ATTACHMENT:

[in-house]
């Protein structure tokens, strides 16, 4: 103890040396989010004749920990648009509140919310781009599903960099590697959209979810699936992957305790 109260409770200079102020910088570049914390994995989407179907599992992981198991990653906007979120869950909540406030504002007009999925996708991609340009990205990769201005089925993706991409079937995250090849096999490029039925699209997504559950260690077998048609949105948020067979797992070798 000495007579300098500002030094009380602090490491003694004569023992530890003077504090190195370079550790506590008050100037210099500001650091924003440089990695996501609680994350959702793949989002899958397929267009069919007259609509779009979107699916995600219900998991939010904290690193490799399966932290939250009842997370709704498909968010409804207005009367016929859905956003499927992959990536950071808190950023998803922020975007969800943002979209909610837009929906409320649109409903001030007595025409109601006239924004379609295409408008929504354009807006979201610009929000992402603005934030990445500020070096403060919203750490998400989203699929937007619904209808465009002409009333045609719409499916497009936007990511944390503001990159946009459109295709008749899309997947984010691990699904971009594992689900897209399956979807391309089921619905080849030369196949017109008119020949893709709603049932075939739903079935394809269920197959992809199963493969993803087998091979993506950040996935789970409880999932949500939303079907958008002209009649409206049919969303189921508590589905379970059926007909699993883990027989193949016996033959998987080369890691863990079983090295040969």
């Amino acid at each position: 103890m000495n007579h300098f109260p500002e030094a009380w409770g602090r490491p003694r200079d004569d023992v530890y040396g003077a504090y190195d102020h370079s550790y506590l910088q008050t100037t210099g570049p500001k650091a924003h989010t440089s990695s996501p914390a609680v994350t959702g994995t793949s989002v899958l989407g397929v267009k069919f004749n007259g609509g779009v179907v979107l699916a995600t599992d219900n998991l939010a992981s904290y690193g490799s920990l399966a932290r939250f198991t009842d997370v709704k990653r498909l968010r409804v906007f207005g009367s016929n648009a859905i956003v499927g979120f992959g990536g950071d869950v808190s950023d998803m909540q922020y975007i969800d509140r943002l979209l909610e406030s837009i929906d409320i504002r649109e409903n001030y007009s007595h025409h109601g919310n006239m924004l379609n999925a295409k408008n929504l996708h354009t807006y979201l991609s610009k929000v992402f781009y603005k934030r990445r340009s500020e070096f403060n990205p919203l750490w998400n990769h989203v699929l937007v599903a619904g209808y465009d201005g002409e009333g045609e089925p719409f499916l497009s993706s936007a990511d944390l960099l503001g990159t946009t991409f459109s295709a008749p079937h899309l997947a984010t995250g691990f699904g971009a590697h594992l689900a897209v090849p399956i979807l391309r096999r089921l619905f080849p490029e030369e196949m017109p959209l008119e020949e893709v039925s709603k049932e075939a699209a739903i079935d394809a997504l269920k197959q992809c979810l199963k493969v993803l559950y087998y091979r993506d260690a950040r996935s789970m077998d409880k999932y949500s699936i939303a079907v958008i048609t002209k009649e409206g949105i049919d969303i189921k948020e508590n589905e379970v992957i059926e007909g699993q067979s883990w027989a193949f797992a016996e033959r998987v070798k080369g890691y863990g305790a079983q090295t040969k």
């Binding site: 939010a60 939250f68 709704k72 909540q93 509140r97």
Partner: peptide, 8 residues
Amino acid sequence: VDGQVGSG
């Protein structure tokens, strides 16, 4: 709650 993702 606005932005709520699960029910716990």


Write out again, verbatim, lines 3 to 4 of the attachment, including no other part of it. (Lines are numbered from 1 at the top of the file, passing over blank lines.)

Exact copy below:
């Amino acid at each position: 103890m000495n007579h300098f109260p500002e030094a009380w409770g602090r490491p003694r200079d004569d023992v530890y040396g003077a504090y190195d102020h370079s550790y506590l910088q008050t100037t210099g570049p500001k650091a924003h989010t440089s990695s996501p914390a609680v994350t959702g994995t793949s989002v899958l989407g397929v267009k069919f004749n007259g609509g779009v179907v979107l699916a995600t599992d219900n998991l939010a992981s904290y690193g490799s920990l399966a932290r939250f198991t009842d997370v709704k990653r498909l968010r409804v906007f207005g009367s016929n648009a859905i956003v499927g979120f992959g990536g950071d869950v808190s950023d998803m909540q922020y975007i969800d509140r943002l979209l909610e406030s837009i929906d409320i504002r649109e409903n001030y007009s007595h025409h109601g919310n006239m924004l379609n999925a295409k408008n929504l996708h354009t807006y979201l991609s610009k929000v992402f781009y603005k934030r990445r340009s500020e070096f403060n990205p919203l750490w998400n990769h989203v699929l937007v599903a619904g209808y465009d201005g002409e009333g045609e089925p719409f499916l497009s993706s936007a990511d944390l960099l503001g990159t946009t991409f459109s295709a008749p079937h899309l997947a984010t995250g691990f699904g971009a590697h594992l689900a897209v090849p399956i979807l391309r096999r089921l619905f080849p490029e030369e196949m017109p959209l008119e020949e893709v039925s709603k049932e075939a699209a739903i079935d394809a997504l269920k197959q992809c979810l199963k493969v993803l559950y087998y091979r993506d260690a950040r996935s789970m077998d409880k999932y949500s699936i939303a079907v958008i048609t002209k009649e409206g949105i049919d969303i189921k948020e508590n589905e379970v992957i059926e007909g699993q067979s883990w027989a193949f797992a016996e033959r998987v070798k080369g890691y863990g305790a079983q090295t040969k």
């Binding site: 939010a60 939250f68 709704k72 909540q93 509140r97």